The Philippines remains a "starter" when it comes to digital transformation based on a report by the Chinese technology firm Huawei Technologies Co., Ltd.
The index grouped the nations into three clusters: Starters (ranks 58 to 79), Adopters (21 to 57), and Frontrunners (1 to 20).
The Philippines ranked 59th out of 79 countries with an average score of 38 out of 120 in the 2020 Global Connectivity Index (GCI). The scoring is based on four pillars used by the index namely: levels of supply of information and communications technology (ICT) products and services, demand for connectivity, connectivity experience, and potential for the future development of the digital economy.
In the 2019 index report, the GCI score of the Philippines is 37. Although the ranking of the Philippines remains unchanged, its latest GCI score was one point higher than last time.
40 indicators were used to track the impact of ICT on the country’s economy, digital competitiveness, and future growth. These indicators include ICT laws, mobile broadband subscriptions, e-government services, and ICT influencing new business models. Four technology enablers were also determined, such as broadband, cloud, artificial intelligence (AI), and the Internet of Things (IoT).
The Philippines scored highest in the availability of broadband technology with a score of 45, which is three points higher than its score in 2019. its scores went down three points for cloud, 33 and increased three points each for AI with a score of 27 and IoT which is also 27.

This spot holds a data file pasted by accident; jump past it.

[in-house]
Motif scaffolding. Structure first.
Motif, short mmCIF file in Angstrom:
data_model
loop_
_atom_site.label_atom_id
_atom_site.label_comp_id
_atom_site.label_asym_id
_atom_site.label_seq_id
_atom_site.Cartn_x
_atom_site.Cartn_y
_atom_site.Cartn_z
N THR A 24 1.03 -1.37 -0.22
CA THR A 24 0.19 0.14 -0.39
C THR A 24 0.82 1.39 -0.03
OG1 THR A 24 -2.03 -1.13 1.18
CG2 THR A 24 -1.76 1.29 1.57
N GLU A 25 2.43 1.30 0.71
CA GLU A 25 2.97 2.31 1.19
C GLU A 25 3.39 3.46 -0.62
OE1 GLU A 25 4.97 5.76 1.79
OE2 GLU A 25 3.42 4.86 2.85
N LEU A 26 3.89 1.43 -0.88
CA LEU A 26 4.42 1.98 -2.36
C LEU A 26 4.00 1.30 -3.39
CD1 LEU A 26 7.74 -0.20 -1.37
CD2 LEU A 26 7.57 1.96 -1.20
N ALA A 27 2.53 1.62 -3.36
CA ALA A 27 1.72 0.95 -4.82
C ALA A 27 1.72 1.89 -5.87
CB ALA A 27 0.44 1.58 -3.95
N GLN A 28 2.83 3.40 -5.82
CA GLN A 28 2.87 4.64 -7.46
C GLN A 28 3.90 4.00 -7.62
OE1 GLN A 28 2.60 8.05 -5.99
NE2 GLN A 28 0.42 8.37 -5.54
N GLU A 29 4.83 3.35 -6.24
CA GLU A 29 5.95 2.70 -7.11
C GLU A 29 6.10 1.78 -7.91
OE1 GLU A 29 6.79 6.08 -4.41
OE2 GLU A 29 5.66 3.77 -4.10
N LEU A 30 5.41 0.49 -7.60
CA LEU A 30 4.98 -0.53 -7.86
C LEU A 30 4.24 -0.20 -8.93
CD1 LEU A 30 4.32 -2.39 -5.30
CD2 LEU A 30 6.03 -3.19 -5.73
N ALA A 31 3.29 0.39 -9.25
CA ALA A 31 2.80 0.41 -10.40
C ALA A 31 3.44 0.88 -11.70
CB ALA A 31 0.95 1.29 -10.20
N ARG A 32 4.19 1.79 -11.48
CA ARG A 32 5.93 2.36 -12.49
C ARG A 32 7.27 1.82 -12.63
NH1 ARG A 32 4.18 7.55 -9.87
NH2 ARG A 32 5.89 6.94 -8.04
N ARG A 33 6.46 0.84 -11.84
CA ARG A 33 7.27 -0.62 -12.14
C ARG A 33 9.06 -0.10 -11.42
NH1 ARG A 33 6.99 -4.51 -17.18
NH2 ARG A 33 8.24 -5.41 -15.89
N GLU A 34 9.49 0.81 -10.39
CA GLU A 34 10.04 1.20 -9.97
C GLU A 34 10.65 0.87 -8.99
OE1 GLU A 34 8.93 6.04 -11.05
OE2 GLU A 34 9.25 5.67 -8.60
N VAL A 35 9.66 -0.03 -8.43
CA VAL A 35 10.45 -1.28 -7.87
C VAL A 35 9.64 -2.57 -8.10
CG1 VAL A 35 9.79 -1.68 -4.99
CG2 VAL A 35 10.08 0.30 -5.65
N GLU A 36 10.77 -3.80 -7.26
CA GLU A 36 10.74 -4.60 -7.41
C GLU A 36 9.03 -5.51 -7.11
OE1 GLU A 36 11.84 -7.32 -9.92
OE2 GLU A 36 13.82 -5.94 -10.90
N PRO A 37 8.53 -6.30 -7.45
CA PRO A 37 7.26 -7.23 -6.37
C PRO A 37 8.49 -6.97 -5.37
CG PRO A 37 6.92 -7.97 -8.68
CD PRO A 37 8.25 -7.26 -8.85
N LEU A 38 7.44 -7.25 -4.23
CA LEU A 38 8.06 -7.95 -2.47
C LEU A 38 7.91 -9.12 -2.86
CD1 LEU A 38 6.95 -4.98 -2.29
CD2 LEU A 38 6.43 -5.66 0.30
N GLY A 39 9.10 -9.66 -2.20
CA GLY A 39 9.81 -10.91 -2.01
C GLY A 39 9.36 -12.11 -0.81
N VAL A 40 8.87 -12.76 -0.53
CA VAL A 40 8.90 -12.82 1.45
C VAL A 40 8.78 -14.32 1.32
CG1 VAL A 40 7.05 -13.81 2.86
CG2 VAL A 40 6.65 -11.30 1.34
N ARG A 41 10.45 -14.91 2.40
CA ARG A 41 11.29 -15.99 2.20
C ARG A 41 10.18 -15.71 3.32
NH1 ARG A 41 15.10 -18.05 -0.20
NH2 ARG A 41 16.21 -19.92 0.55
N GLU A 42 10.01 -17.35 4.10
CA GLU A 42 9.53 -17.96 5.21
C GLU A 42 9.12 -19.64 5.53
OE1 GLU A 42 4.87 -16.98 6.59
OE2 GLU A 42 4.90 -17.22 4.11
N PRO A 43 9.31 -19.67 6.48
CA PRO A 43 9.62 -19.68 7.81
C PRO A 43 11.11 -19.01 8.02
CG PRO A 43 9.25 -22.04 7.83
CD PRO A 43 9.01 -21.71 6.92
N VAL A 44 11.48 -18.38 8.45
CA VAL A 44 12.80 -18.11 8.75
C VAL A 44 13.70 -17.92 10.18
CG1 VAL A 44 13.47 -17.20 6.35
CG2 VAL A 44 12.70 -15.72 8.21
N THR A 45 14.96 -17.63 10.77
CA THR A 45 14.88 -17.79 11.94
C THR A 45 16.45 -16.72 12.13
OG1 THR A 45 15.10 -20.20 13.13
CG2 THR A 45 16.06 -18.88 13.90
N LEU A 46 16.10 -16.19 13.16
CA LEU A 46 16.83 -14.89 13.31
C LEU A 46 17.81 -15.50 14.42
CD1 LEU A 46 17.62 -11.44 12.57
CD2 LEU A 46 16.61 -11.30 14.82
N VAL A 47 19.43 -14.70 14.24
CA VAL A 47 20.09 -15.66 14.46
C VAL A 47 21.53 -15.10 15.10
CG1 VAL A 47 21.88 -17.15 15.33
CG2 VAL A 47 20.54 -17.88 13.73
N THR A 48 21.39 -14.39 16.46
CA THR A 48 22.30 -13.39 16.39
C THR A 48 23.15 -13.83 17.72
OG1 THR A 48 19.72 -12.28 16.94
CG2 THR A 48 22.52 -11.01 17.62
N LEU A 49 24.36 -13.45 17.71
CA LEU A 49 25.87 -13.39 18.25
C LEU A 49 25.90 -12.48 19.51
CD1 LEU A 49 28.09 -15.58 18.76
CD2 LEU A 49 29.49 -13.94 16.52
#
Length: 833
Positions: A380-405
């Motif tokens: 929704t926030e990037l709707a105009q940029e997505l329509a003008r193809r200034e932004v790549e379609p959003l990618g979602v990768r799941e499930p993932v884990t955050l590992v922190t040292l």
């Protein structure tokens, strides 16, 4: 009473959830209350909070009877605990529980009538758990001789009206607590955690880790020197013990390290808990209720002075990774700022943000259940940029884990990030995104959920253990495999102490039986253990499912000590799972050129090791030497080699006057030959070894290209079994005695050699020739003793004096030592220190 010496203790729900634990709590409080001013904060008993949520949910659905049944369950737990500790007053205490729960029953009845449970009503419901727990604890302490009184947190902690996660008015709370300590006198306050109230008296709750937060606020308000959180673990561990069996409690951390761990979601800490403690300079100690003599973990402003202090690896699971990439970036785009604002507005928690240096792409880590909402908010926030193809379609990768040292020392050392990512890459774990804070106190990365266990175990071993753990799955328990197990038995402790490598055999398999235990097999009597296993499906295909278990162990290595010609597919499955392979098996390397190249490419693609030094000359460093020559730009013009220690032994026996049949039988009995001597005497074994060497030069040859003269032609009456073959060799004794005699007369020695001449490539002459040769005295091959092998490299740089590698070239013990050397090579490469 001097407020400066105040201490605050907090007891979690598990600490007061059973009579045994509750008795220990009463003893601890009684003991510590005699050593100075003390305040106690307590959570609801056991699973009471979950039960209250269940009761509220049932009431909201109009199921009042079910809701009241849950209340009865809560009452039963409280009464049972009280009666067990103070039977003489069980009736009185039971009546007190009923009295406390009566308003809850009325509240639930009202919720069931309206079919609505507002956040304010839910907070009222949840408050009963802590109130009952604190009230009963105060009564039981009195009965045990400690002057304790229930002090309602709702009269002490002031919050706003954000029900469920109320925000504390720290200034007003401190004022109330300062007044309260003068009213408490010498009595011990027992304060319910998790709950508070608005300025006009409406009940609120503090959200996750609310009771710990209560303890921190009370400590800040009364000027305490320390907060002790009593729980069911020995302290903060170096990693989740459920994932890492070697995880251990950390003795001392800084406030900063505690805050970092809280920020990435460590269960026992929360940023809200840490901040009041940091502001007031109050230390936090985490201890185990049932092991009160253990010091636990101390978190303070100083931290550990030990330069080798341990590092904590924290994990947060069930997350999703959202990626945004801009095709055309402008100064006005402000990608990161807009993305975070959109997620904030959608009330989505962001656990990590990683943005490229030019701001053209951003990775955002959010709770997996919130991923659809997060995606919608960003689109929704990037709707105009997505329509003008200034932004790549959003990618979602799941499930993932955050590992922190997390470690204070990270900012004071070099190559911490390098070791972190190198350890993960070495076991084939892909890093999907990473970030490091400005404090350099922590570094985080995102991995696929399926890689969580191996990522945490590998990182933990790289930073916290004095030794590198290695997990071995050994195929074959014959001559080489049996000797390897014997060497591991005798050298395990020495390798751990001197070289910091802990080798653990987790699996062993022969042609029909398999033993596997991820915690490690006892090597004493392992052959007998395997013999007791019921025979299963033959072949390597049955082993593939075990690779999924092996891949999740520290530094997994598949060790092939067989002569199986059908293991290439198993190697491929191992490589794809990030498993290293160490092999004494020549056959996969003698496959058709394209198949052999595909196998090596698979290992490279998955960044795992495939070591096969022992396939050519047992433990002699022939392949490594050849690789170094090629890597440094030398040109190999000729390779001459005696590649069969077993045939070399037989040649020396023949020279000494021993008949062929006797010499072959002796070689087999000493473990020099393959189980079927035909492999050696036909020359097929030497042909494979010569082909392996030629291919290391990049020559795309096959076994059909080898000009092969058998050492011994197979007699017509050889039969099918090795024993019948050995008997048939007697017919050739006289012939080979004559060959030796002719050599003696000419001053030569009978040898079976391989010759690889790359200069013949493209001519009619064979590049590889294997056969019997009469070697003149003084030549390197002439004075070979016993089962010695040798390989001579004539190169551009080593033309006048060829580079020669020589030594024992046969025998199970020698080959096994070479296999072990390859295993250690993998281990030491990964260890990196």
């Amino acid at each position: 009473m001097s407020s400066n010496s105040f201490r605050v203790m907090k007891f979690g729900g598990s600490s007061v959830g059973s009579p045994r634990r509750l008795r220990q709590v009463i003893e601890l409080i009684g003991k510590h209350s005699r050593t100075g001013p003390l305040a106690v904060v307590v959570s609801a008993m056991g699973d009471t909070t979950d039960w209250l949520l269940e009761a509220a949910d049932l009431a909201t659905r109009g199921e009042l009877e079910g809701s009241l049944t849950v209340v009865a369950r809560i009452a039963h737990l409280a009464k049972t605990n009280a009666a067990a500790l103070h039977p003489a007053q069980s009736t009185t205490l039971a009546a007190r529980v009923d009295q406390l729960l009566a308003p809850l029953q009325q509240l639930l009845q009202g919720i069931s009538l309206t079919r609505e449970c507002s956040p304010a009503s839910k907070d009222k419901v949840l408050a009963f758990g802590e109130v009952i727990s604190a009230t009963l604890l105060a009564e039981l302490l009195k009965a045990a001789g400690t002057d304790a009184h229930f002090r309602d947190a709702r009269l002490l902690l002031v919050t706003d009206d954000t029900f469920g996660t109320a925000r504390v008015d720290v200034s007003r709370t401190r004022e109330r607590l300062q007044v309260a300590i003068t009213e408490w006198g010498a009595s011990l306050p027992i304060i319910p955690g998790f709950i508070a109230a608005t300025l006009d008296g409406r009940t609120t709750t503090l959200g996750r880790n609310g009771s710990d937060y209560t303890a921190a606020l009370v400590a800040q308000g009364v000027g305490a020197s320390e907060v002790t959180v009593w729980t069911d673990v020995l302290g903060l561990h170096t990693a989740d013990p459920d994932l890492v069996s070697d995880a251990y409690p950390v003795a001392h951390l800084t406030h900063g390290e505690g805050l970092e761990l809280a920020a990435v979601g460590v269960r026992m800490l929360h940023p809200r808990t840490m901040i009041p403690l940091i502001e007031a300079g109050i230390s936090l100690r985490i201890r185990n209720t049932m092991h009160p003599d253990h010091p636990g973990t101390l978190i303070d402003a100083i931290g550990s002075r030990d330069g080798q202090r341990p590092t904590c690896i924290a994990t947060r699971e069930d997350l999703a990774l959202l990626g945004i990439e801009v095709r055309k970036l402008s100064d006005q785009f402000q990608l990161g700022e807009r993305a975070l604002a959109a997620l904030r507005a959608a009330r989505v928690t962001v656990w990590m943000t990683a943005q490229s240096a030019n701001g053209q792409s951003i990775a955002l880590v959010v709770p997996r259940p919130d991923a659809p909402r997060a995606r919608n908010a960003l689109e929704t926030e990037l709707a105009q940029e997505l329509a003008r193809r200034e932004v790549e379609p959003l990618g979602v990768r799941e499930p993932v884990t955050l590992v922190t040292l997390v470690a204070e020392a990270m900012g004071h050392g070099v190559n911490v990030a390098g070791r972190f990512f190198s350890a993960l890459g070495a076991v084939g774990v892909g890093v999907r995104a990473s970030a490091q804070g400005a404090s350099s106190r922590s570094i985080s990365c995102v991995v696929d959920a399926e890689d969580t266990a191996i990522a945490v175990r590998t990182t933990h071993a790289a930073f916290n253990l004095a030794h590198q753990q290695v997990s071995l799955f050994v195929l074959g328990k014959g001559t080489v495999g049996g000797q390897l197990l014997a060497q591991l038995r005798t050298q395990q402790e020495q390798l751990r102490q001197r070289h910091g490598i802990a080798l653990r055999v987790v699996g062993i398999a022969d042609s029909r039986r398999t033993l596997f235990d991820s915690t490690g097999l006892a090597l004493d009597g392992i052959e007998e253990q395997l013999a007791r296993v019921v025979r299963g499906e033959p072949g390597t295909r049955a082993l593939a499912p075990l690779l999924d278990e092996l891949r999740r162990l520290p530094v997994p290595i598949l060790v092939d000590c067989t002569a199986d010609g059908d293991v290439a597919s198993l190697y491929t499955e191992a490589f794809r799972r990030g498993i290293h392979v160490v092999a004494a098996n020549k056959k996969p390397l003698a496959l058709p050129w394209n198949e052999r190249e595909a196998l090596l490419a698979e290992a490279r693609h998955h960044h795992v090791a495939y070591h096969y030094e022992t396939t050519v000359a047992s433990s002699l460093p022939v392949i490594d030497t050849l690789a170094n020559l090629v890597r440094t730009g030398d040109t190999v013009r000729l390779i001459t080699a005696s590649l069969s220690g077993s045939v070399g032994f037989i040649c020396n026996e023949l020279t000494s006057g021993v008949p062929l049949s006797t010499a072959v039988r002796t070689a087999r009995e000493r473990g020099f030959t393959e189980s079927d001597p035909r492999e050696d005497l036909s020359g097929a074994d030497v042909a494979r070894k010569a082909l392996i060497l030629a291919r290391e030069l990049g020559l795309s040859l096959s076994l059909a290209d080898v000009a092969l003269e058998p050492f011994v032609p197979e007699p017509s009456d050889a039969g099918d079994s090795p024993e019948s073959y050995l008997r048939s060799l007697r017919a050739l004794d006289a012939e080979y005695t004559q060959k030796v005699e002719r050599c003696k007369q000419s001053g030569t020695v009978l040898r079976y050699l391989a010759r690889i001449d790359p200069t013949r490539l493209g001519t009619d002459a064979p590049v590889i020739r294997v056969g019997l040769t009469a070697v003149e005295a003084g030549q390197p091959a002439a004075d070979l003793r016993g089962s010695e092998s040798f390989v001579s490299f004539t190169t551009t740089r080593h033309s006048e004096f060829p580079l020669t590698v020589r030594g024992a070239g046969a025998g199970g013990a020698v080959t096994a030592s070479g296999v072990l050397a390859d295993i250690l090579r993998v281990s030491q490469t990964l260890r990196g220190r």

Only the Philippines and Indonesia ranked 58th was the Southeast Asian countries in the list of starters, with scores of 38 and 39, respectively. Ethiopia, which scored 23 ranked the least. Malaysia ranked 34th, Thailand which placed (46th), and Vietnam is ranked (55th), were among the Southeast Asian adopters.
Singapore with a score of 81 was the second frontrunner after the United States which scored 87.
“The digital transformation of economic sectors will help economies develop ‘higher-order’ productivity to spur economic recovery and future competitiveness,” the report said.
The report proposed five key stages for the digital transformation of economic sectors, namely: task efficiency, function efficiency, system efficiency, organizational efficiency and agility, and ecosystem efficiency and resilience.
The “lack of telecommunication infrastructure, ” attributed to the Philippines performance said Eliseo M. Rio, Jr., ICT industry observer and expert and a former undersecretary at the Department of Information and Communications Technology.
“We are far behind our neighboring countries in terms of telco infrastructure. Vietnam has 70,000 towers as against our 24,000 towers, for example,” Mr. Rio said.
He also mentioned that if the country has sufficient infrastructure reaching the underserved and unserved areas, the country’s digital services will improve.